New investors are bombarded with advice from everywhere. Financial television, magazines, websites, financial professionals, friends and family members all have advice on how to structure your investment portfolio. Beginning investors are much more likely to give credence to investment tips than experienced investors. While the advice is meant to be helpful, it may actually be detrimental to the investment newbie. (For more, see Investing 101: A Tutorial For Beginner Investors.)

Here are five examples of the types of dangerous advice given to beginning investors:

1) "Buy Companies Whose Products You Love"

How many times has someone told you that when investing, you should buy companies that make products you love? This can be a risky and expensive proposition.

For example, let's say you want to buy shares of Apple because you love your new iPhone 4G. You buy shares of Apple at its market price and wait to reap the rewards from all of the iPhone sales. The problem with this strategy is that it fails to take price into consideration. Apple may be a great stock to buy at $200, but it could be a pricey investment at $300.

New investors tend to overpay for companies that they really want to own. This buy-at-any-cost philosophy can leave you regretting your stock purchase at the end of the day.

2) "Invest In What You Know"

Investing in what you know is an old investment axiom. This works well for experienced investors who are familiar with lots of companies in different sectors of the economy. This is terrible advice for the investing novice, because it limits your investments to only businesses that you know a lot about.

What if the only companies you know about are in the restaurant industry or retail industry? You may find yourself overinvesting in one or two sectors. Not to mention the fact that you would end up missing out on some great companies in the basic materials industry or technology sector. (Evaluate the past performance before investing in technology sector gadget funds; read Technology Sector Funds.)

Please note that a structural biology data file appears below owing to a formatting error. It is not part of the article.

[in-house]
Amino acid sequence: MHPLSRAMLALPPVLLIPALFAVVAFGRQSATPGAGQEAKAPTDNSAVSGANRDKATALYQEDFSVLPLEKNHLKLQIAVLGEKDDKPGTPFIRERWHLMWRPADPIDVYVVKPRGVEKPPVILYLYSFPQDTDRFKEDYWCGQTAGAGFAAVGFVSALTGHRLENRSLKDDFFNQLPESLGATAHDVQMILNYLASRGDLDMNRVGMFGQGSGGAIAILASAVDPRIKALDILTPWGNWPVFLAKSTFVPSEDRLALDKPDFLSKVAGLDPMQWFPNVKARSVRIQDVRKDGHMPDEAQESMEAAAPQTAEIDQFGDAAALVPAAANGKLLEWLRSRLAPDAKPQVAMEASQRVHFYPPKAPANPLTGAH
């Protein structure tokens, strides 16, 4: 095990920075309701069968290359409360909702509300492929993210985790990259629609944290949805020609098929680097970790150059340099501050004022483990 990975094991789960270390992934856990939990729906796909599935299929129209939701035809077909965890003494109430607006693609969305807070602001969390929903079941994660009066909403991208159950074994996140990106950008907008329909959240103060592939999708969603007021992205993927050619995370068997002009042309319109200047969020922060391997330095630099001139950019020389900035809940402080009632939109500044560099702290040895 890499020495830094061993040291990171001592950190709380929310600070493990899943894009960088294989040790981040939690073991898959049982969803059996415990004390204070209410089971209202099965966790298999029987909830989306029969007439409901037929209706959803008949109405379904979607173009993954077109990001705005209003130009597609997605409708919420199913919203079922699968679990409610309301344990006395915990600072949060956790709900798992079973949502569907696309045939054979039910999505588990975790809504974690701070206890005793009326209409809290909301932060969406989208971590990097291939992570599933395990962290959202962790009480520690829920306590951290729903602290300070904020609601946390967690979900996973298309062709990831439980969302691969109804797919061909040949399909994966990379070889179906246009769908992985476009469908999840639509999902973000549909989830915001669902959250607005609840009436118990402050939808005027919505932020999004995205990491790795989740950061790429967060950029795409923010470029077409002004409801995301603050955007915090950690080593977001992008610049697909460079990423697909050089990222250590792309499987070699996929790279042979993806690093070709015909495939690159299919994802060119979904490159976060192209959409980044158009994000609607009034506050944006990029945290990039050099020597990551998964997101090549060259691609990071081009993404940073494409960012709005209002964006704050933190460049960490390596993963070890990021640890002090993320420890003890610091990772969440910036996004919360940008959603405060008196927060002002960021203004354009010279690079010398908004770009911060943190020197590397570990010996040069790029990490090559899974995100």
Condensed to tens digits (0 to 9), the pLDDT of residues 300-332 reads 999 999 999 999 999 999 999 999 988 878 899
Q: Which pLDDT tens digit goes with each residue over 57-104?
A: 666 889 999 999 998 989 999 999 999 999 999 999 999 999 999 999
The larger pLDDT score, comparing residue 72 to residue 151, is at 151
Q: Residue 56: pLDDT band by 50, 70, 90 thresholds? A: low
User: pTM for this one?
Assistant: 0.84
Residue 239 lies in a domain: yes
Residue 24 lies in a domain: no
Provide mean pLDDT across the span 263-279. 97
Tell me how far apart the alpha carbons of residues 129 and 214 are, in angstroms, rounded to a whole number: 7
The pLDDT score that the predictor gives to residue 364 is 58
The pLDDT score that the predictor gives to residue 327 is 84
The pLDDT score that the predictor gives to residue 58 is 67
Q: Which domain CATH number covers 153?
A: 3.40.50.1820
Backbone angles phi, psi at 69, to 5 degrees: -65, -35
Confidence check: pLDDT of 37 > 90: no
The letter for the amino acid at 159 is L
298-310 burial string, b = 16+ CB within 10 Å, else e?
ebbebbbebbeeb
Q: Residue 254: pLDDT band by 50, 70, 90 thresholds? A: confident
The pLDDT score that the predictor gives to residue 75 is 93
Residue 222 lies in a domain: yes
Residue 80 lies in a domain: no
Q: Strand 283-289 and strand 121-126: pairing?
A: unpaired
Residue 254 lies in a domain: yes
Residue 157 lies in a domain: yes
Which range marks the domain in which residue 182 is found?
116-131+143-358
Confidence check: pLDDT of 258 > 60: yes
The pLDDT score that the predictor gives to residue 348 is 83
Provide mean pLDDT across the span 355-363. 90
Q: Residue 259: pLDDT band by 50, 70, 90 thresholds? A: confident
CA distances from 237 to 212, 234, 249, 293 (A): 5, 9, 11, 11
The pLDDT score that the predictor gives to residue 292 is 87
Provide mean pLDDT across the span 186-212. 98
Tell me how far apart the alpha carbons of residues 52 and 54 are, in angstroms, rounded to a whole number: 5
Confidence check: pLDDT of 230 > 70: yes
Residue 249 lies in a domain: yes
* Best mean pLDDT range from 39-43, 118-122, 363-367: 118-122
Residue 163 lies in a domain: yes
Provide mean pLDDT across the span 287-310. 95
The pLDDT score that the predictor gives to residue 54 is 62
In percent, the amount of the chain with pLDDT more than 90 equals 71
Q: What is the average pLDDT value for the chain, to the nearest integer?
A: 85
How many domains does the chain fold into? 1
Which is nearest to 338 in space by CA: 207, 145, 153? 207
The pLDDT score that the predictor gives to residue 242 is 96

3) "Diversify Your Stock Portfolio"

Diversification is supposed to help protect your portfolio from market drops and control risk. It's a great concept, but proper diversification can be difficult to achieve and expensive to do. New investors have difficulty building a properly diversified portfolio because of the costs. If not using an index fund to diversify, constructing a properly balanced portfolio in stocks requires thousands of dollars and may require buying at least 20 individual stocks. (For more on index funds, read Go International With Foreign Index Funds.)

It can also be difficult for new investors to maintain a balance between being diversified and not being overly diversified. If you aren't careful, you could end up owning 50 different stocks and 50 mutual funds. An investor could easily get overwhelmed trying to keep track of such a portfolio.

4) "Trade Your Brokerage Account"

Since the market crash of 2008, more investors are abandoning a buy-and-hold strategy and turning to short-term trading. Financial television shows and market experts have even been recommending that investors trade their accounts. Short-term trading may work for sophisticated investors, but it can crush the confidence of new investors.

Short-term trading requires the ability to time buy and sell decisions just right. It takes lots of available cash to hop in and out of positions. It can also decimate your entire portfolio because of trading fees and bad decision making. Daytrading stocks is a strategy best left to the experts. (To dig deeper into this topic, read Buy-And-Hold Investing Vs. Market Timing.)

5) "Buy Penny Stocks"

Emails, advertisements, friends and even family members often trumpet penny stock investing for new investors. The attraction of penny stock investing is that it seems like an easy way to get rich quick, since penny stocks are subject to extreme price volatility. If shares of ABC Company are selling for $1.50 per share, you could buy 1,000 shares for $1,500. The hope is that the stock goes to $3 or more so that you could double your money quickly.

It sounds great until you realize that penny stocks trade in the single digits for a reason. They are normally very flawed companies with large debt burdens and whose long-term viability is usually in doubt. Most penny stocks are much more likely to go to zero than to double your money.

The Bottom Line

As you can see, sometimes investment tips can do more harm to your portfolio than good. One size fits all may work for ponchos and raincoats, but it does not work when it comes to investment advice.

Catch up on your financial news; read Water Cooler Finance: The Unrelenting Claw Of Bernie Madoff.

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